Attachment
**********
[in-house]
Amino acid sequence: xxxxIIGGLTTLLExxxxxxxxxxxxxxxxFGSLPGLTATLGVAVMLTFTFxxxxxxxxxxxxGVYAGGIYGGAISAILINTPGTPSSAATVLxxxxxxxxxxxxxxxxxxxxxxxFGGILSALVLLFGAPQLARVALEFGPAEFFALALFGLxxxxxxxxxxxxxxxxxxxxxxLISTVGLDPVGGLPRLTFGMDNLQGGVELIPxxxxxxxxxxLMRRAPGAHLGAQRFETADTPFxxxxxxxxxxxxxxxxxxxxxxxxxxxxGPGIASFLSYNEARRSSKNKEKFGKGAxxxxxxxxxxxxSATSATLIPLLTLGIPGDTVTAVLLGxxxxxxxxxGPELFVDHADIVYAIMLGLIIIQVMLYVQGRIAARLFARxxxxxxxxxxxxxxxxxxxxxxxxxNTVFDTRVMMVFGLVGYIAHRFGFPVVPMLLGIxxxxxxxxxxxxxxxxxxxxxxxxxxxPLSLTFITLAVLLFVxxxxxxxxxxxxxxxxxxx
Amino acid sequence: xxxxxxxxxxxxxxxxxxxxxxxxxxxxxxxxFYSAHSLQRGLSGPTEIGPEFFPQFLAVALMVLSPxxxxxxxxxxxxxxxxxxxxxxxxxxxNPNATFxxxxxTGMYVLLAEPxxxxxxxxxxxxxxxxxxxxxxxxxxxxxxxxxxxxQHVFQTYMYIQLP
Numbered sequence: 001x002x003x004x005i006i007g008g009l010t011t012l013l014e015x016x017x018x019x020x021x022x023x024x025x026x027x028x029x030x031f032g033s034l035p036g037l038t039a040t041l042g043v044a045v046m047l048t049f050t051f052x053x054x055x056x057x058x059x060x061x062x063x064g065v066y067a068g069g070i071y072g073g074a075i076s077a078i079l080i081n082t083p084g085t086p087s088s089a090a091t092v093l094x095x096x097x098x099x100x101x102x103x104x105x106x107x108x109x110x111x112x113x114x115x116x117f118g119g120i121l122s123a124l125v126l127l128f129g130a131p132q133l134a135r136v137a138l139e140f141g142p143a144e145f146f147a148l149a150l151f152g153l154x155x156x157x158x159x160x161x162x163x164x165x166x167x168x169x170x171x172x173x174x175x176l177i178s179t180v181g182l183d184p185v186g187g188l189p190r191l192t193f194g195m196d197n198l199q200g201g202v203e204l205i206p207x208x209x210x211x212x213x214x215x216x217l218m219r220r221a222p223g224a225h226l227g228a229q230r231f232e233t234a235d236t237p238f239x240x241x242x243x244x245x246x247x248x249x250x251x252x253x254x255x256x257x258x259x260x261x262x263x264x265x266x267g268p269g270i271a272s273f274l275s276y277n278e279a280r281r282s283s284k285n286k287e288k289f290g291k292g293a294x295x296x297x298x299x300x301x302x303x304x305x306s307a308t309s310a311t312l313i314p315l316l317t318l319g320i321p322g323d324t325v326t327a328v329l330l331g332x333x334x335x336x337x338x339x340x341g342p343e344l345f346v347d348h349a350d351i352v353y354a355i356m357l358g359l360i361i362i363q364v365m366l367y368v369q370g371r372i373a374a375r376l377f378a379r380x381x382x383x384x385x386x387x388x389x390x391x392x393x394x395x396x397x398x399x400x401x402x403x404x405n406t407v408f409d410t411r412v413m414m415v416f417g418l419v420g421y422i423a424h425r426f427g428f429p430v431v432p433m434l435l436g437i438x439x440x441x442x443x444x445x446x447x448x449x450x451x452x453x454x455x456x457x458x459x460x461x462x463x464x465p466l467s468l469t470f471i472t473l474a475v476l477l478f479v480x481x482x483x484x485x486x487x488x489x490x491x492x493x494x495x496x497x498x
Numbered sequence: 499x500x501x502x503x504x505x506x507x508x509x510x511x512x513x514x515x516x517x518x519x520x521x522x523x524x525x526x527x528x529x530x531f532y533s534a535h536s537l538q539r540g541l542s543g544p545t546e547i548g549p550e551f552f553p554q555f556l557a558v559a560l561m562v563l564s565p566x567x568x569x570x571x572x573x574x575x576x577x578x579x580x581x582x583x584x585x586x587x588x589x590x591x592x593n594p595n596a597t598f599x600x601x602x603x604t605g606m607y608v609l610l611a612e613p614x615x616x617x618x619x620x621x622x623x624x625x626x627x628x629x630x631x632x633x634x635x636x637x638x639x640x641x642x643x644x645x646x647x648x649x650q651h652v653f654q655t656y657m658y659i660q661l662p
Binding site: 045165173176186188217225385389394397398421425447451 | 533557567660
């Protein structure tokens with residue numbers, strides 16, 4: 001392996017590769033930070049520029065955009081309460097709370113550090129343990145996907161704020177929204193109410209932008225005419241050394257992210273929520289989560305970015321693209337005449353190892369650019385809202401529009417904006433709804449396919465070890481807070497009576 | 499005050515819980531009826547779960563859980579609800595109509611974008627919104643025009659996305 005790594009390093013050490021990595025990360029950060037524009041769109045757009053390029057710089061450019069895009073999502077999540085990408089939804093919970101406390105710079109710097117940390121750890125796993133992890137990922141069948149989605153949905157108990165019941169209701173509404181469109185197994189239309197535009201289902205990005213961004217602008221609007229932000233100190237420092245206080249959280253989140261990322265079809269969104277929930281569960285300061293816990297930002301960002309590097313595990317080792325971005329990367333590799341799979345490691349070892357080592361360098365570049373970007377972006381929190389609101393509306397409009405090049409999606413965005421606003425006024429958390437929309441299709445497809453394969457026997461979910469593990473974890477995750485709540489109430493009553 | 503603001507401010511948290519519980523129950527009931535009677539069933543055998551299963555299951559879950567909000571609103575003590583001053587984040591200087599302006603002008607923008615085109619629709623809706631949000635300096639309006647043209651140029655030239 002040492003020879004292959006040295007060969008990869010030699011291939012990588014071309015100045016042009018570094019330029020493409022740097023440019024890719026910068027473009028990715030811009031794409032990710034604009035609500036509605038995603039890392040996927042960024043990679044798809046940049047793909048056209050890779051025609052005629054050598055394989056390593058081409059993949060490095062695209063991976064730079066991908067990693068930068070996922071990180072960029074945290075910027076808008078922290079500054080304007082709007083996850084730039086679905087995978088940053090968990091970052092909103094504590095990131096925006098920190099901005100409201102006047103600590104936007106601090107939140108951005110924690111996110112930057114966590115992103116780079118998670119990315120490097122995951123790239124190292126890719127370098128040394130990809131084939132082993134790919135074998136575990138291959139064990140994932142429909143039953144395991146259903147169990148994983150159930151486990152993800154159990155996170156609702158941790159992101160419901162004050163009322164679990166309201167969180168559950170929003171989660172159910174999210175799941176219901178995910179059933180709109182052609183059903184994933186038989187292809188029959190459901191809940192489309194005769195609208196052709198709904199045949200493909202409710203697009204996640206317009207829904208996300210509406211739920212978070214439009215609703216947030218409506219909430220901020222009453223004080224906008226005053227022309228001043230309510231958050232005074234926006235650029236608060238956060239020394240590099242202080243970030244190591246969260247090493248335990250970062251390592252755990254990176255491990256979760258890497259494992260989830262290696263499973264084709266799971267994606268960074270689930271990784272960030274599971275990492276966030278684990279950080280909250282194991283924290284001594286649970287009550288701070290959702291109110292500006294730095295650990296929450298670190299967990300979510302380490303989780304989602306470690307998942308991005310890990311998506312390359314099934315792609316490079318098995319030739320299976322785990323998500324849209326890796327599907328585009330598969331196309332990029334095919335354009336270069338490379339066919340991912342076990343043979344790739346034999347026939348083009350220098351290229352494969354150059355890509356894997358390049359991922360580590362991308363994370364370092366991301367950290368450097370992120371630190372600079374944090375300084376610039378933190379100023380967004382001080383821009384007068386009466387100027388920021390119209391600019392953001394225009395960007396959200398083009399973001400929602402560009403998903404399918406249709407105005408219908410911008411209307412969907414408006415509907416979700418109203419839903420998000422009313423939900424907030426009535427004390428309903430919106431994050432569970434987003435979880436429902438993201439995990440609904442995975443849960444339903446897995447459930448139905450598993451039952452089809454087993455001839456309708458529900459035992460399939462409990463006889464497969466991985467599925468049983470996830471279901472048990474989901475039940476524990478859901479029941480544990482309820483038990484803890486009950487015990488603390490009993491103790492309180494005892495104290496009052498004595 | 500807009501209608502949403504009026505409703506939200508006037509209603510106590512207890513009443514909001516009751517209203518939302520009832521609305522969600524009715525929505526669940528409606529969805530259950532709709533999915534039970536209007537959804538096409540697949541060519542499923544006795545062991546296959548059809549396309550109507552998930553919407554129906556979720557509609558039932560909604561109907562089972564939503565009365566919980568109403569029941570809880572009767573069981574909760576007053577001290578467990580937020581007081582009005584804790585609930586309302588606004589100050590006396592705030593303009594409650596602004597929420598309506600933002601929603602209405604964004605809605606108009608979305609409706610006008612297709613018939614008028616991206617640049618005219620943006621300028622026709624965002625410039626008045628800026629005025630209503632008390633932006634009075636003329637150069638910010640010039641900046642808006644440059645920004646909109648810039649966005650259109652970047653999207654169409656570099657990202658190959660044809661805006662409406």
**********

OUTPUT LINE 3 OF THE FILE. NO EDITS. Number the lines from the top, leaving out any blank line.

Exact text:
Amino acid sequence: xxxxxxxxxxxxxxxxxxxxxxxxxxxxxxxxFYSAHSLQRGLSGPTEIGPEFFPQFLAVALMVLSPxxxxxxxxxxxxxxxxxxxxxxxxxxxNPNATFxxxxxTGMYVLLAEPxxxxxxxxxxxxxxxxxxxxxxxxxxxxxxxxxxxxQHVFQTYMYIQLP